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Registration using 3D-printed rigid templates outperforms manually scanned surface matching in image-guided temporal bone surgery

Overview of attention for article published in International Journal of Computer Assisted Radiology and Surgery, June 2016
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Title
Registration using 3D-printed rigid templates outperforms manually scanned surface matching in image-guided temporal bone surgery
Published in
International Journal of Computer Assisted Radiology and Surgery, June 2016
DOI 10.1007/s11548-016-1441-0
Pubmed ID
Authors

Yamashita, Makoto, Matsumoto, Nozomu, Cho, Byunghyun, Komune, Noritaka, Onogi, Shinya, Lee, Jongseung, Bano, Jordan, Akahoshi, Tomohiko, Hashizume, Makoto

Abstract

Image-guided surgery (IGS) for otological procedures requires minimal invasiveness and a high degree of accuracy. We have recently developed a noninvasive registration method, the Surface Template-Assisted Marker Positioning (STAMP) method, which uses a rigid template of the surface of the temporal bone. However, the STAMP method is not applicable when the bony surface is not exposed, such as in endoscopic surgery. Thus, we extended our research to apply the STAMP method onto the skin and tested its feasibility in this study. We designed a phantom made of a rigid box and soft material for the study. The target registration error (TRE) was measured at preset measuring points in the phantom. We modified the STAMP method to be applicable for use on the skin around the ears (S-STAMP). The same phantom was also registered using the conventional, manually scanned surface matching method. We compared the TRE after the different registration methods. The TRE after the S-STAMP registration method was significantly smaller than that of the conventional surface matching method at all error measurement points in the phantom. However, the TRE after the S-STAMP registration method was significantly larger than that of paired point registration using invasive fiducial markers. The S-STAMP method using a rigid template on the soft surface yields a significantly smaller TRE than that of conventional, manually scanned surface matching registration. This strategy provides an alternative option to improve the accuracy of IGS without loading patients with additional invasive procedures.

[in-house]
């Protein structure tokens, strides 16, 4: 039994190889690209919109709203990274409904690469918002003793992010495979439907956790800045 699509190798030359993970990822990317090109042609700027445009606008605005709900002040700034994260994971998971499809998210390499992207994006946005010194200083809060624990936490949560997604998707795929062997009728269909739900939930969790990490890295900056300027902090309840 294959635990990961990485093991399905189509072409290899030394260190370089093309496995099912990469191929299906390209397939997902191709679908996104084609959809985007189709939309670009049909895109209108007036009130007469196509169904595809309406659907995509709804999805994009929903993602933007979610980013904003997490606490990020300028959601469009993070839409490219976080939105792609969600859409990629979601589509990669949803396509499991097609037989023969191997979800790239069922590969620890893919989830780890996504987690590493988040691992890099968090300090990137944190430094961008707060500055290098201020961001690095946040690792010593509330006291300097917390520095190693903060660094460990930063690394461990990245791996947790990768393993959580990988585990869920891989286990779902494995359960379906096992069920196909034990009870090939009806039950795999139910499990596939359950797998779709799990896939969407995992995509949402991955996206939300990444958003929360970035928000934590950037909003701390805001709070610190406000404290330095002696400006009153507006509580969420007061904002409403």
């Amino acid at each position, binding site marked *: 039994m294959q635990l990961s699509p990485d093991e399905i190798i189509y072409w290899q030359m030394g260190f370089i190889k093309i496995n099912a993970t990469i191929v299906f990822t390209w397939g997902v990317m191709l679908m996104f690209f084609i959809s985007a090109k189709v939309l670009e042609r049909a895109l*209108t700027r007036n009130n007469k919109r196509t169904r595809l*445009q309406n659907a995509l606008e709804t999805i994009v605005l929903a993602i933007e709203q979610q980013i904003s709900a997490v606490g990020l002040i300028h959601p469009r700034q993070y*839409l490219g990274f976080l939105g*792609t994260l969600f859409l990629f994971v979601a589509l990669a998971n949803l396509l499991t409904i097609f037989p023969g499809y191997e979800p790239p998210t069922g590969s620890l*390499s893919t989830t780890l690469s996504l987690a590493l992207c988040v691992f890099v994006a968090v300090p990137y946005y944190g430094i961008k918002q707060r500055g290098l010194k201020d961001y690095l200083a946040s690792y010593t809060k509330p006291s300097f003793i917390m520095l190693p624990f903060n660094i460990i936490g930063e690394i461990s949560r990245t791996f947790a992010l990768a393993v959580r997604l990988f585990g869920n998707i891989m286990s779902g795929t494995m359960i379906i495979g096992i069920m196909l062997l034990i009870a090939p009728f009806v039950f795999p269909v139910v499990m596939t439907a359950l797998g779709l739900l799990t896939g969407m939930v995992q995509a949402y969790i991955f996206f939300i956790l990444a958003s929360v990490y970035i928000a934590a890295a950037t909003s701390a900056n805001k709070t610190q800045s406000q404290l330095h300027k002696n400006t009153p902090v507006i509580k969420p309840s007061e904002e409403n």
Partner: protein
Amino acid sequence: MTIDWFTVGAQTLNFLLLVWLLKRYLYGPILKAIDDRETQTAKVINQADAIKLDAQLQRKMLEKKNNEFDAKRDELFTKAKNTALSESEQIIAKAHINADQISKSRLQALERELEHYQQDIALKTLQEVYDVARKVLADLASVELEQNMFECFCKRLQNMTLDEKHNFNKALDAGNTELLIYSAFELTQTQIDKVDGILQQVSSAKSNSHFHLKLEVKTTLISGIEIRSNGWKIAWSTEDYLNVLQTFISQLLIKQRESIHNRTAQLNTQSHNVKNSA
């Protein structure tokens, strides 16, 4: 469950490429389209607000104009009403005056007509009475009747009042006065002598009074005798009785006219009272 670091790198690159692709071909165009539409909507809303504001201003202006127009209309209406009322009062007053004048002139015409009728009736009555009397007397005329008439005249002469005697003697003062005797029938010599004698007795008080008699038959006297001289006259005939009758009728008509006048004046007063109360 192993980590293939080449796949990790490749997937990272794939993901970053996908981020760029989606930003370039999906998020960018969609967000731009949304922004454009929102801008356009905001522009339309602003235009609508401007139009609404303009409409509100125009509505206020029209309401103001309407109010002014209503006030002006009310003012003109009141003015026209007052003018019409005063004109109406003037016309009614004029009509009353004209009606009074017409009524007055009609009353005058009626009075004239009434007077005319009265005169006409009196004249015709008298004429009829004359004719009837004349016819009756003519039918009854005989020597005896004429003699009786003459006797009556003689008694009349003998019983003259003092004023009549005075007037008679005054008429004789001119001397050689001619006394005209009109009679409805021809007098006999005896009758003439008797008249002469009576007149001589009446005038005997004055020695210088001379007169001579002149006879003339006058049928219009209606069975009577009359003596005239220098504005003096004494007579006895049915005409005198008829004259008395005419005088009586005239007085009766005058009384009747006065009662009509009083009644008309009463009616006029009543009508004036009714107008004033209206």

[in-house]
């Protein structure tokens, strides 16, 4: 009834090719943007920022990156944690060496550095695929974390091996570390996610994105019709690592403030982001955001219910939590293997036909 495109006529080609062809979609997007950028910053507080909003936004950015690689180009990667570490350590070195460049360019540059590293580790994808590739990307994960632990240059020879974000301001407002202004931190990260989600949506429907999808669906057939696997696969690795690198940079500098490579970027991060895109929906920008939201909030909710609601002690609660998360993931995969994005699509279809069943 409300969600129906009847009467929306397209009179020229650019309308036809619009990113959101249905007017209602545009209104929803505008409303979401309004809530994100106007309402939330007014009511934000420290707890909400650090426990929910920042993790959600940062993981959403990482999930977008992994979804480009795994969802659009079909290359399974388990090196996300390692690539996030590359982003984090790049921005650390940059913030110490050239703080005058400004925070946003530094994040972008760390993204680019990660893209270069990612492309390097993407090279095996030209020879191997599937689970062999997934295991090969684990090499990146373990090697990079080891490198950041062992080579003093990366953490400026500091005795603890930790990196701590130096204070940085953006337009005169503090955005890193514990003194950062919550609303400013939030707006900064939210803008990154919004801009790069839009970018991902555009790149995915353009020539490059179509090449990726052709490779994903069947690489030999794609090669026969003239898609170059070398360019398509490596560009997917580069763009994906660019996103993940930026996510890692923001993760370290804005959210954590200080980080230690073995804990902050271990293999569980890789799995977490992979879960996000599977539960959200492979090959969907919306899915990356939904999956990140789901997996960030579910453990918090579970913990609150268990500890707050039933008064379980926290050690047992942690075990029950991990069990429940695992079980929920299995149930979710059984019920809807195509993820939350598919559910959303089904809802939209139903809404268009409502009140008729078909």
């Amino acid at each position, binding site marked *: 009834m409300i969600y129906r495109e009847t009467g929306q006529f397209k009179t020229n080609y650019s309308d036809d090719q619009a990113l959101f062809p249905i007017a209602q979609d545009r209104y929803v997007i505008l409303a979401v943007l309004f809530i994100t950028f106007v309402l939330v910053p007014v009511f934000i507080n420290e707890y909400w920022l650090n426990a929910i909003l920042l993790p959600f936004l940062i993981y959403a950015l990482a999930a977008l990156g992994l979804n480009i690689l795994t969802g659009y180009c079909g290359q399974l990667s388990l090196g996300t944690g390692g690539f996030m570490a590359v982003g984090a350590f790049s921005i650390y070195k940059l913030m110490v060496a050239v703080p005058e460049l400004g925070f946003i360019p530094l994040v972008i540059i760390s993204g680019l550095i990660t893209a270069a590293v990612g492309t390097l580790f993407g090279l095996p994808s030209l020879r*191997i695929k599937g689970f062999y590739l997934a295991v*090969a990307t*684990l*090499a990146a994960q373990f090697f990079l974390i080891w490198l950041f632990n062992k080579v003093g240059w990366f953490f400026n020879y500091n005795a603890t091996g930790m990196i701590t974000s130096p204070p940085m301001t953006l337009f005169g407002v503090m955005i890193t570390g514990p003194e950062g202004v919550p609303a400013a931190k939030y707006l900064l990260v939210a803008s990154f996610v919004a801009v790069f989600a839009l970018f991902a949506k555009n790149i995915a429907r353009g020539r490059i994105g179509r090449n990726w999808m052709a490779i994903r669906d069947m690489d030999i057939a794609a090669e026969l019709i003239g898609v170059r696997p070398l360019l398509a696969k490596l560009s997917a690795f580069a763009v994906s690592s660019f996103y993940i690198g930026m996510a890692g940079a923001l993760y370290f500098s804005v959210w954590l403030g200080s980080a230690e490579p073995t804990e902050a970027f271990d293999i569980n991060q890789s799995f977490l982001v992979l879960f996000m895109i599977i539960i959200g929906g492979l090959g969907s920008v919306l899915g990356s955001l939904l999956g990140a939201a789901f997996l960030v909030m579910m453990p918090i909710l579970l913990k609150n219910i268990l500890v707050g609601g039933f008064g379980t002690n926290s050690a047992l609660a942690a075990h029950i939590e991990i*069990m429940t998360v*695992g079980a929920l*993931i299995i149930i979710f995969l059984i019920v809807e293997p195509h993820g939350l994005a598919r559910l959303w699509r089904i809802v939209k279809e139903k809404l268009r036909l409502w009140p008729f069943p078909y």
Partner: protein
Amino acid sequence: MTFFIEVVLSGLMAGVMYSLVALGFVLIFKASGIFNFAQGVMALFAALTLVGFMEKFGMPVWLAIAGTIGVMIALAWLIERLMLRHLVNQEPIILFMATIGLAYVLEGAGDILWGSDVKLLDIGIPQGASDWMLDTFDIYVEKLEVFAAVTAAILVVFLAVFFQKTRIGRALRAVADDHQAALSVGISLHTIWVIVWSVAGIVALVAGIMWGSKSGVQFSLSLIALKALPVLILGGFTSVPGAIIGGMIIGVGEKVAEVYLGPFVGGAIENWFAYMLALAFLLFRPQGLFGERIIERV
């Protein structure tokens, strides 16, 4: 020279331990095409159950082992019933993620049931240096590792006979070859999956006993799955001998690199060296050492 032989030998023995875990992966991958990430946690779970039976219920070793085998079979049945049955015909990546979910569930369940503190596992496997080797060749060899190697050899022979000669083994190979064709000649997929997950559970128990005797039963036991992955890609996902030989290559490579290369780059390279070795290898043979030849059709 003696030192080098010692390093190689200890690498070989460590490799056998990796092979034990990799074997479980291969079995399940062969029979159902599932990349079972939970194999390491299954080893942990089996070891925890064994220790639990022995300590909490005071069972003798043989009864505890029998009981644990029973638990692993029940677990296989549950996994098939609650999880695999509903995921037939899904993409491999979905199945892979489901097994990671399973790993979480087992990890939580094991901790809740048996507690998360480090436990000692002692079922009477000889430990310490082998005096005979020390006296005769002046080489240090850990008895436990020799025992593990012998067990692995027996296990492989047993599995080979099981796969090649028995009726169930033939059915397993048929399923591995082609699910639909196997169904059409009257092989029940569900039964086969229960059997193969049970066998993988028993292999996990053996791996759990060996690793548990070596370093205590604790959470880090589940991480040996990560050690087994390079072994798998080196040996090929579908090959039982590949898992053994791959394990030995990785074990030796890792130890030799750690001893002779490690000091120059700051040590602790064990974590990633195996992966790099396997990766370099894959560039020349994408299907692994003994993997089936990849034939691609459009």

Twitter Demographics

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Mendeley readers

The data shown below were compiled from readership statistics for 27 Mendeley readers of this research output. Click here to see the associated Mendeley record.

Geographical breakdown

Country Count As %
Unknown 27 100%

Demographic breakdown

Readers by professional status Count As %
Researcher 5 19%
Student > Ph. D. Student 3 11%
Student > Master 3 11%
Student > Bachelor 2 7%
Student > Doctoral Student 2 7%
Other 6 22%
Unknown 6 22%
Readers by discipline Count As %
Medicine and Dentistry 10 37%
Engineering 5 19%
Unspecified 3 11%
Computer Science 2 7%
Neuroscience 1 4%
Other 0 0%
Unknown 6 22%

Attention Score in Context

This research output has an Altmetric Attention Score of 1. This is our high-level measure of the quality and quantity of online attention that it has received. This Attention Score, as well as the ranking and number of research outputs shown below, was calculated when the research output was last mentioned on 15 June 2016.
All research outputs
#6,841,931
of 7,902,020 outputs
Outputs from International Journal of Computer Assisted Radiology and Surgery
#85
of 147 outputs
Outputs of similar age
#223,477
of 267,774 outputs
Outputs of similar age from International Journal of Computer Assisted Radiology and Surgery
#12
of 15 outputs
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